“Malocclusion” comes from the Latin terms meaning, ‘wrong bite.’ The normal bite is one with the upper jaw slightly extended from the lower jaw. Any deviation from this is considered a malocclusion.
When the lower jaw extends farther from the upper jaw, it is called “prognathism” or underbite. On the other hand, when the upper jaw and teeth overlap the bottom ones, it is called an underbite or “retrognathism.” These are the Type 3 and Type 2 malocclusions, respectively. Type 1 is the most common of all and is characterized steel bite pro by malpositioned or an overcrowding of teeth, although the bite is normal.
Malocclusions are known to be hereditary but there are also some factors attributed to its acquisition. Just a few of these are thumbsucking, prolonged bottle use or pacifier use while young, or tongue thrusting habits.
A wide selection of braces
Braces serve to align the teeth and to move them to their proper places. The types of braces differ by the problem each type intends to correct, but generally, these are the most common types:
These are the braces that our parents and their parents grew up with – the old-school, full-metal mouth braces. They’re made of thick metal brackets which are attached to similarly thick metal bands that are used to secure the band to the tooth. These are already passe and it has given way to the sleeker, less obtrusive braces.
These are the most common. They are securely bonded by rubber bands to the front of the teeth and are comprised of thin wires that are wrapped around the lower and the upper sets of the wearer’s teeth with a bracket that secures each tooth.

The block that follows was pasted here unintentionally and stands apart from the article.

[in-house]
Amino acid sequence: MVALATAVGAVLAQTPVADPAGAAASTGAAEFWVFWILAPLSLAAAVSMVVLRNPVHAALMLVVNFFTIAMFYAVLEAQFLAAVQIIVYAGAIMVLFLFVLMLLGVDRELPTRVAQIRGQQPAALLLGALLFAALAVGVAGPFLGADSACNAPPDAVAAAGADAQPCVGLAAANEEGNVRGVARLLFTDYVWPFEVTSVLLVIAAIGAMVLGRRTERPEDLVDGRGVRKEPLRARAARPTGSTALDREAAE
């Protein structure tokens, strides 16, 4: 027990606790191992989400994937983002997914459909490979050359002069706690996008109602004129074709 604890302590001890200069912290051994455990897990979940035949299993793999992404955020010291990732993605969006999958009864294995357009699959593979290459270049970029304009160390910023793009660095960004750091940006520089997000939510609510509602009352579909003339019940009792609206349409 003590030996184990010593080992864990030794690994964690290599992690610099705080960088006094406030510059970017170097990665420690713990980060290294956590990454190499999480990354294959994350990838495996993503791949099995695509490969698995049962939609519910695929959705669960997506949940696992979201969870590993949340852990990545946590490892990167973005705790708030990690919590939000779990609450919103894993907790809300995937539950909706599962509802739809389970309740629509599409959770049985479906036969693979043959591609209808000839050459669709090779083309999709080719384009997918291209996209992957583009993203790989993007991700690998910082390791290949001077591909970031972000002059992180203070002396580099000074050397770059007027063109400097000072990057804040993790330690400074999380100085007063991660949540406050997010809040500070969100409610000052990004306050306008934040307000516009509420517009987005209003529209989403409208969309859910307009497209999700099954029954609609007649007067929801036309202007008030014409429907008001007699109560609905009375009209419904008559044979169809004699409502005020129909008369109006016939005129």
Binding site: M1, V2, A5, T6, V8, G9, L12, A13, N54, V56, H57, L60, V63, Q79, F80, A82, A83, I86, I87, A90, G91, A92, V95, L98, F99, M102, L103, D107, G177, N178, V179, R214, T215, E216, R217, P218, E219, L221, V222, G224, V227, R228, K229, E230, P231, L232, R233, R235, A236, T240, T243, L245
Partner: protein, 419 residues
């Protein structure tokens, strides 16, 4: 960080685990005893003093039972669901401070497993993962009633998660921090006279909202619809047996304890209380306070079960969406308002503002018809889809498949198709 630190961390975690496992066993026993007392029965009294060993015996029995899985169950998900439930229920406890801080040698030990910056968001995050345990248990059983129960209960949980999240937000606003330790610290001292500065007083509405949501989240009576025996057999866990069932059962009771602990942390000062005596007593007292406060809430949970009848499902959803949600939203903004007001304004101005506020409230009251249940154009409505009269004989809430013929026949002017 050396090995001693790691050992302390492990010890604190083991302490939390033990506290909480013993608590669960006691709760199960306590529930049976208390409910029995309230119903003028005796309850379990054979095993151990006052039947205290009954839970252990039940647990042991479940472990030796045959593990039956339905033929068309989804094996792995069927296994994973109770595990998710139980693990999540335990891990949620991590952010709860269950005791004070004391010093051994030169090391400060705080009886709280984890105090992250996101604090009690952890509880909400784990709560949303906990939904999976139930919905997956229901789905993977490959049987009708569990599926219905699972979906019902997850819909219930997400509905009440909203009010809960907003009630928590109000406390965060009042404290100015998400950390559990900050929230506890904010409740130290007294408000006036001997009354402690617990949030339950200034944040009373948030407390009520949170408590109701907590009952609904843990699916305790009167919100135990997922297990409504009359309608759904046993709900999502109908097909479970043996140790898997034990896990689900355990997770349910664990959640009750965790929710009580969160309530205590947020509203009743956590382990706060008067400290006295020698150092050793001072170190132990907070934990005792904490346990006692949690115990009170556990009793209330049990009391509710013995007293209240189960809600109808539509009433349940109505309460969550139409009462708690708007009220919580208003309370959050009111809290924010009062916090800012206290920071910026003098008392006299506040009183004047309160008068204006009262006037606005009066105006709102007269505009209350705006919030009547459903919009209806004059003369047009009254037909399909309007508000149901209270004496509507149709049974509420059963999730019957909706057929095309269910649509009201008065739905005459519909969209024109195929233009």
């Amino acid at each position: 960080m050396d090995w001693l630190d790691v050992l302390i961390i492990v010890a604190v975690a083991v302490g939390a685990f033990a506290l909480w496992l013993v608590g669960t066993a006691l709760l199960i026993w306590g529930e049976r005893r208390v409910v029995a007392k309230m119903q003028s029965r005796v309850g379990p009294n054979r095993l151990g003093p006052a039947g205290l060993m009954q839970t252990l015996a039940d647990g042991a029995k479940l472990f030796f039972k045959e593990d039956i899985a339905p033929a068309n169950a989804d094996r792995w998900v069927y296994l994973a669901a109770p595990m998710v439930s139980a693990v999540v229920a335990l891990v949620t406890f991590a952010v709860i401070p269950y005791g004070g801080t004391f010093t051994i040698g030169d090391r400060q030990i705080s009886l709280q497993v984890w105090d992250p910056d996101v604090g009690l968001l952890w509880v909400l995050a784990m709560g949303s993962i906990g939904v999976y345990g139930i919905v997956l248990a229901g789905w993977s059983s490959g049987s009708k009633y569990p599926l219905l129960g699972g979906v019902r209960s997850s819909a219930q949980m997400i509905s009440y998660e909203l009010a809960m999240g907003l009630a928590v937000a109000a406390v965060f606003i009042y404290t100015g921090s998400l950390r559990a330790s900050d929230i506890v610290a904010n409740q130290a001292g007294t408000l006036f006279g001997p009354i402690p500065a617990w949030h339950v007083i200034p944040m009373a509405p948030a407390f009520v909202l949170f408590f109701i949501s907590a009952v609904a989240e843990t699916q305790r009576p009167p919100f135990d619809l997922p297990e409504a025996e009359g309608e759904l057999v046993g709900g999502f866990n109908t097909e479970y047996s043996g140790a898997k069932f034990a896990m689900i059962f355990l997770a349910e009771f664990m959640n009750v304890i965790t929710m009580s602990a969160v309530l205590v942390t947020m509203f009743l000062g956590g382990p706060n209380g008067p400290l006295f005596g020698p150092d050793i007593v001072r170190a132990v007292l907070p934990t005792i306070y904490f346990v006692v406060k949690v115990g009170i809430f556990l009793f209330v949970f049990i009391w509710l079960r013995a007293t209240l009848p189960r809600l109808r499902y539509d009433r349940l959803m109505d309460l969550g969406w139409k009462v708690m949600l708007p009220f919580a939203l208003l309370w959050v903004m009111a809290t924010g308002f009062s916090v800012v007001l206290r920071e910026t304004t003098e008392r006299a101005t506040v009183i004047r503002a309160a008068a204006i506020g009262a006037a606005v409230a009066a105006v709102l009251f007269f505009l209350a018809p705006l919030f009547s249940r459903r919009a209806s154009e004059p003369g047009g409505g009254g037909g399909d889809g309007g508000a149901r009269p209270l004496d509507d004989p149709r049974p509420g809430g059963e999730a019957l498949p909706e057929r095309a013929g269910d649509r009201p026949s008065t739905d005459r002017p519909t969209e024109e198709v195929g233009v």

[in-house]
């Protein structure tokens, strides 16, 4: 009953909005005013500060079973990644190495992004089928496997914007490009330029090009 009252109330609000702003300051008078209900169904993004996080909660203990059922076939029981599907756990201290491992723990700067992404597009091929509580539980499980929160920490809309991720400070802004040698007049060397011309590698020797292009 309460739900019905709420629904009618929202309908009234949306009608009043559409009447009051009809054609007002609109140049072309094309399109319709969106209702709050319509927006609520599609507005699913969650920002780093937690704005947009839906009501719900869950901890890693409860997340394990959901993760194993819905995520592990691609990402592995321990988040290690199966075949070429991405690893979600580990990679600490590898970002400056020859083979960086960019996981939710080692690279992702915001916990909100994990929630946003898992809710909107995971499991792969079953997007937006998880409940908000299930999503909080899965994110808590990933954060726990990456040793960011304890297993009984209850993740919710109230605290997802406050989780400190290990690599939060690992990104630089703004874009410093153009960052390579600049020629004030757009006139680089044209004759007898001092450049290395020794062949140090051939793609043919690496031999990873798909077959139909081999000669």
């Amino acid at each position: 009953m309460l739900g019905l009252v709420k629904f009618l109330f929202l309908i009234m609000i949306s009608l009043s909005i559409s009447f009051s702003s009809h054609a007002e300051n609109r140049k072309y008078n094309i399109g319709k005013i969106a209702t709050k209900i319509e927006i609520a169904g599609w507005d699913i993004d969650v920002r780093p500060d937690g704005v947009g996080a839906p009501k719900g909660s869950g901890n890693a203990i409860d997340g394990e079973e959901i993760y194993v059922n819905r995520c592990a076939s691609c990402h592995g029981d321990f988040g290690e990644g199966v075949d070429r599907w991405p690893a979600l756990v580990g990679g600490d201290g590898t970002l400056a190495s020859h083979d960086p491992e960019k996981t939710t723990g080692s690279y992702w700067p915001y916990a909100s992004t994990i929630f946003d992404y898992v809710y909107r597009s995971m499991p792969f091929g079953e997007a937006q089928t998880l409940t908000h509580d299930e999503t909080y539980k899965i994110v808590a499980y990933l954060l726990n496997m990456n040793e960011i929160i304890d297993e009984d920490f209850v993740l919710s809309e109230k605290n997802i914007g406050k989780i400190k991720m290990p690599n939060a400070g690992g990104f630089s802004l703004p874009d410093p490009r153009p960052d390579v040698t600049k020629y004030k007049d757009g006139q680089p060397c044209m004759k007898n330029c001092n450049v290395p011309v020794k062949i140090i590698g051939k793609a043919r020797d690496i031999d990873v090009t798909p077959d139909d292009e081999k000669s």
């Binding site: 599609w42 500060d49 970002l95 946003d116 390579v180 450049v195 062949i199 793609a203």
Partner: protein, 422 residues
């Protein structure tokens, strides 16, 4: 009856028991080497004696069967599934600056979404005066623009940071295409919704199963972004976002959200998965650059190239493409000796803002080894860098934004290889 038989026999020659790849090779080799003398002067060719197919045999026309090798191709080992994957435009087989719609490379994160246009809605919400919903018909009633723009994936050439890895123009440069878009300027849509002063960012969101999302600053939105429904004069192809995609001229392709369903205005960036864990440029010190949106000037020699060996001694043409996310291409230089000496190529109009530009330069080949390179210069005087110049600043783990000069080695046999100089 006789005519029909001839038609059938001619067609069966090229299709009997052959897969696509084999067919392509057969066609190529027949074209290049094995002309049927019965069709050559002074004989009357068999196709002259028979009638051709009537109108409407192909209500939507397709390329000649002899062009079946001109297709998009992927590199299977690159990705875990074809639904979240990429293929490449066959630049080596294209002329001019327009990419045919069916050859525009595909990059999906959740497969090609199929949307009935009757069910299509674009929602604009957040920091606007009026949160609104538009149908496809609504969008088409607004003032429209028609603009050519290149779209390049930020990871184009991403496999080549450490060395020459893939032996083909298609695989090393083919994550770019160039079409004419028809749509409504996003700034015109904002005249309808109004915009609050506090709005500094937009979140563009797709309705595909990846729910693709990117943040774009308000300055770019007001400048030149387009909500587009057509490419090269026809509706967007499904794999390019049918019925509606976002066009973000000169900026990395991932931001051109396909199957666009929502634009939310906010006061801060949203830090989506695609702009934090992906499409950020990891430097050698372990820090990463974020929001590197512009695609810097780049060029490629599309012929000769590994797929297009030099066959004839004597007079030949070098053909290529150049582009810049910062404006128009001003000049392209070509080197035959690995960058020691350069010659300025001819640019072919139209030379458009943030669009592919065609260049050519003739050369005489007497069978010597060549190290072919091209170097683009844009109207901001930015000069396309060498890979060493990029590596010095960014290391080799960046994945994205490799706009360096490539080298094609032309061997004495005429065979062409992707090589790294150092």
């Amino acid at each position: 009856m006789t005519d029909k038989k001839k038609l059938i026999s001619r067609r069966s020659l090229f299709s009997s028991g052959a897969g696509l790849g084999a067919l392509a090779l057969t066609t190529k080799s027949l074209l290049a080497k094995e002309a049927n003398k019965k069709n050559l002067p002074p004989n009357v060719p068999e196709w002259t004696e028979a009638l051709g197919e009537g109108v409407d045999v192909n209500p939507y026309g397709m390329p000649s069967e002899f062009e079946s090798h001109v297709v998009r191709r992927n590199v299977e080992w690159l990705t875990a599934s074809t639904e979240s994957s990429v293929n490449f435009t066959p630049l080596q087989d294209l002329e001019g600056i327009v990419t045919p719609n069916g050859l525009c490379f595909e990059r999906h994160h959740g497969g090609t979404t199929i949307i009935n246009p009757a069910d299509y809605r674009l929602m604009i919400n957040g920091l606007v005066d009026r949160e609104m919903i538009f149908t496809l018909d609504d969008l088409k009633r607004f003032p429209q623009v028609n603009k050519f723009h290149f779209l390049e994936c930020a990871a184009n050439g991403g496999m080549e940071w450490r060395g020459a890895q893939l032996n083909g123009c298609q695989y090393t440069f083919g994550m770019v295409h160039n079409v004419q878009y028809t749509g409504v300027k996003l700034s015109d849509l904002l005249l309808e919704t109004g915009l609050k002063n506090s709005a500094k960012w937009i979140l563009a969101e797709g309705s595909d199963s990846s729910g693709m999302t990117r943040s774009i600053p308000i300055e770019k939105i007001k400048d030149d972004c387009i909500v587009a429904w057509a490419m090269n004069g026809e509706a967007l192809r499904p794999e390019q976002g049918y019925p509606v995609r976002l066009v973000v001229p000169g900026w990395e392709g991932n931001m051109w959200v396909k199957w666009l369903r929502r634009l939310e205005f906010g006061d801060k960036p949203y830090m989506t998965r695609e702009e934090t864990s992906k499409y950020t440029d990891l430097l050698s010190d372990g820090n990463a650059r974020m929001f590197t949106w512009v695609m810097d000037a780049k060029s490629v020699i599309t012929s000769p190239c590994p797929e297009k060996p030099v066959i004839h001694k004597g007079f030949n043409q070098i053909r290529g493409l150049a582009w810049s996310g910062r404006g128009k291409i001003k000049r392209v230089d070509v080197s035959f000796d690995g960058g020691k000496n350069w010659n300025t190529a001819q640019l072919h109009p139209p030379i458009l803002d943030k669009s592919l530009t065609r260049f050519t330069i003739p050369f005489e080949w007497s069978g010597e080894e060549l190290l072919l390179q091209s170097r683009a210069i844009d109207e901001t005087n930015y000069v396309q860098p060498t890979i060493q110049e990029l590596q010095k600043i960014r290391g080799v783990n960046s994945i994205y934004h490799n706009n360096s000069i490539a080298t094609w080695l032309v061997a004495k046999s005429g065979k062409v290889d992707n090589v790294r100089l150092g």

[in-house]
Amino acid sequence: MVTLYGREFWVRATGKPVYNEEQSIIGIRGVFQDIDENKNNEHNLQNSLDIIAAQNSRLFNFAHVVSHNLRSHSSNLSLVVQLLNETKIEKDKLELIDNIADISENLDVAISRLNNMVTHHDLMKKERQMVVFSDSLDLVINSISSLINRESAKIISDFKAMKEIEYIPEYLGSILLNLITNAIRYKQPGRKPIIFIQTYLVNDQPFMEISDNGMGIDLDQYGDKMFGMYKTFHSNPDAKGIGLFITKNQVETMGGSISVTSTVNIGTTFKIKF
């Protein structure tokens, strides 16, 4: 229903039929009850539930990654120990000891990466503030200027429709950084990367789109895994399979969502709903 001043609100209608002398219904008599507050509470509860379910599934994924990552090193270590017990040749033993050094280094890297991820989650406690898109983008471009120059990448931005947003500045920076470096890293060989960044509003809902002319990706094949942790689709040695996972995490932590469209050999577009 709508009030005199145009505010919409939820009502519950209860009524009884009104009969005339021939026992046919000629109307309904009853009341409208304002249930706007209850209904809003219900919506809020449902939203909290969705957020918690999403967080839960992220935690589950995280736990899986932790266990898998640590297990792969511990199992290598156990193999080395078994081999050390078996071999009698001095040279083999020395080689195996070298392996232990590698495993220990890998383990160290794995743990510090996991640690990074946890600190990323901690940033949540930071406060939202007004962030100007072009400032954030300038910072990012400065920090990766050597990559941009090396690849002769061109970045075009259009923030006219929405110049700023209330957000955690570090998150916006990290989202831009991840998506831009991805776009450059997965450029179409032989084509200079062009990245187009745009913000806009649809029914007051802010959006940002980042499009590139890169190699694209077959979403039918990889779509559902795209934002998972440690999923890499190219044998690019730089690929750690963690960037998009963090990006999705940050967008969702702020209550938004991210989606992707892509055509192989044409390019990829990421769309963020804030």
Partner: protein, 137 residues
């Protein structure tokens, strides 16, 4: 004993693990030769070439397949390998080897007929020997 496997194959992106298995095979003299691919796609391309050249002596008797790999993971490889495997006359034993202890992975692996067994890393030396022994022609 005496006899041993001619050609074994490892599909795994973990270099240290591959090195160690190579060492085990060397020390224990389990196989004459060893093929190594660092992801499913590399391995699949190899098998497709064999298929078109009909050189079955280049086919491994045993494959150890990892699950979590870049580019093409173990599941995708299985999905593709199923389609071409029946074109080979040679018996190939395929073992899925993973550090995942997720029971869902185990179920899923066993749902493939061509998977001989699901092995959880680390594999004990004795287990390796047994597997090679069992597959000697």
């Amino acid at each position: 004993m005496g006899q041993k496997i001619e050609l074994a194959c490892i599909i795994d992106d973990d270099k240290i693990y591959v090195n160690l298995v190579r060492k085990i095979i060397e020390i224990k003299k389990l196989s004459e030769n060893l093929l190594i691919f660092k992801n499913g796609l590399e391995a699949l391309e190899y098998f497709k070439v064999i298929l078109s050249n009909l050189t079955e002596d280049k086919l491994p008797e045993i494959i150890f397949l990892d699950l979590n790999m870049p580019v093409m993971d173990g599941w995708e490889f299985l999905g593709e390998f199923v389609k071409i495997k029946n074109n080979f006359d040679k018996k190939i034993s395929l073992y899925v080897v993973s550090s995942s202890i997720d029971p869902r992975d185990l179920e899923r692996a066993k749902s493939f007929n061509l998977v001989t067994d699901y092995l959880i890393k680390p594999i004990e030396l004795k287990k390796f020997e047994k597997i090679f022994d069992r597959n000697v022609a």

Steel is a common material, but the newer ones – those made of ceramic and those made from a clear transparent material – have been gaining popularity in the recent past. The latter two are more aesthetically acceptable but they are more prone to staining.
These are similar to traditional stainless steel braces, only they are bonded to the rear of the teeth and not to the front. Lingual-type braces are the choice of those who are concerned about their appearance. No one will guess that a person is wearing lingual-type braces unless the secret is revealed by the wearer himself.
The downside to this is that it may take a lot of adjusting to correct the minor differences in speech that the brace-wearer experiences initially, but it may soon go away as he inures himself with the apparatus.